• Bruce Dyer

Virus-free havens for the vulnerable?

Photo: Magic Island (cropped) by Ronnie Robertson https://www.flickr.com/photos/16633132@N04/22802341764 License CC BY-SA 2.0: https://creativecommons.org/licenses/by-sa/2.0/

Here’s an idea for a possible add-on to any other COVID-19 strategy – be it eradication, “flattening the curve” or something else. It could be used by some businesses and not-for-profits as well as governments. If it works, it might provide an additional lever to manage the crisis.

I will call it “virus-free havens”. It’s a tweaking of an approach suggested by others – isolating the most vulnerable – but to me the tweaks are the key. So, what are they?

First, isolation should be done in a way that ensures the haven is, and remains, virus free. Say, before entering a haven a person must be certified virus-free (VF) through strict isolation and regular testing for X weeks. There might still be regular testing and social distancing within the haven as a back-up to ensure it remains virus-free.

Secondly, entering the haven would be voluntary. A haven resident would be unable to have contact with any loved ones outside unless they leave (which would mean VF certifying again to re-enter). Not everyone who is vulnerable will accept that. Because this is only an add-on, not the core strategy, it should not be forced on them.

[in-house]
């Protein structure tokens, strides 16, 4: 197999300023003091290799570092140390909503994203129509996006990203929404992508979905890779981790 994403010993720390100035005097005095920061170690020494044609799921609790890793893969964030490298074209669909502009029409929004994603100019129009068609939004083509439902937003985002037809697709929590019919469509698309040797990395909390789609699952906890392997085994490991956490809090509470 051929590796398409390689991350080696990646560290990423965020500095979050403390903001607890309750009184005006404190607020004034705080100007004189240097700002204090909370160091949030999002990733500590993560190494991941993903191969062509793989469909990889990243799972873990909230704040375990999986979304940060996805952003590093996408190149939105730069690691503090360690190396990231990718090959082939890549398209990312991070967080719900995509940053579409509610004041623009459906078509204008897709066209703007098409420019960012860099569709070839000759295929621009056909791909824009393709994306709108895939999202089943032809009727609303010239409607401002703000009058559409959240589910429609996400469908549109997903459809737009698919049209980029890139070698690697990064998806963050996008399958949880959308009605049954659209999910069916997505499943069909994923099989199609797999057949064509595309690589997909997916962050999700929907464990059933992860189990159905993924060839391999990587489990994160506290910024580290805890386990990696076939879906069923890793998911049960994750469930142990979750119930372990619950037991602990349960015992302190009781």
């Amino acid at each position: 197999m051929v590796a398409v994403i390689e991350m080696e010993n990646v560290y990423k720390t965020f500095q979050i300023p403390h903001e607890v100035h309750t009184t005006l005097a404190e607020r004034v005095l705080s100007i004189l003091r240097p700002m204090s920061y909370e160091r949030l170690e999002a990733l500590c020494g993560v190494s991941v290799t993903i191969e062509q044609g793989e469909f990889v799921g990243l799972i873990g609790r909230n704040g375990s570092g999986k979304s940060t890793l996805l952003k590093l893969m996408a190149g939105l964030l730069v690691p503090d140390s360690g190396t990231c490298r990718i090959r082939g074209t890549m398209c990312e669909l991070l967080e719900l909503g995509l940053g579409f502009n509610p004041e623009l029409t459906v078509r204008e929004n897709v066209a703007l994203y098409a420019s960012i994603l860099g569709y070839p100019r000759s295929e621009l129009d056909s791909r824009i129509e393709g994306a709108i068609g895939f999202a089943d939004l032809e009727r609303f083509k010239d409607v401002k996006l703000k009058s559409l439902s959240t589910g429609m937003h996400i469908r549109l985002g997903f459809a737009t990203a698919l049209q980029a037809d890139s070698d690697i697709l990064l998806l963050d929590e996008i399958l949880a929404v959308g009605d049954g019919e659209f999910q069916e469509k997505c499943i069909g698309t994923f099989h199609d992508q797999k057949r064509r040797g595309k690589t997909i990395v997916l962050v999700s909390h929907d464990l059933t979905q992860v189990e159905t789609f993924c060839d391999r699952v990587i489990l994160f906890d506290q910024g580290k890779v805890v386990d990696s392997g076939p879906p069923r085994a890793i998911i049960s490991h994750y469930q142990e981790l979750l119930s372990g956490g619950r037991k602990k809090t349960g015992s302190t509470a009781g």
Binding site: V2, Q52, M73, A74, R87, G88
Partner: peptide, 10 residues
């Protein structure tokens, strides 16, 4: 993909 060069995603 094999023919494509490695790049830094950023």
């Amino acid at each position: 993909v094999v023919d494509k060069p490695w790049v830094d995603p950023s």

How might businesses use this? Empty luxury resorts could choose to convert into VF havens. Empty hotels and motels could convert into VF havens or VF certifying businesses. Bus companies could convert into VF transport businesses to take the VF certified to the havens. Aged care operators with several facilities could convert some into VF havens by giving their residents the option of VF certifying and moving to the haven. They might also establish VF certifying businesses servicing residents from any aged care facility.

All the above businesses could charge wealthy retirees enough to make a reasonable profit while also offering subsidised/free places to vulnerable persons unable to afford places.

Governments could facilitate this by licensing and monitoring the VF businesses and providing any necessary exemptions from restrictions. They could create incentives or tax deductions for businesses that do the right thing and provide subsidised/free places.

Governments could also establish their own VF havens and VF certifying services.

Finally, governments could use VF havens to complement their other strategies. As health systems approach capacity, governments could stop residents leaving VF havens. The greater social interaction permitted within VF havens could lessen the adverse health effects of any long shut-down. If flattening the curve and herd immunity is pursued, VF havens could help protect the most vulnerable, and reduce the load on the health system, until a vaccine is available.

Would this work and could it help? I’ll leave that to the experts.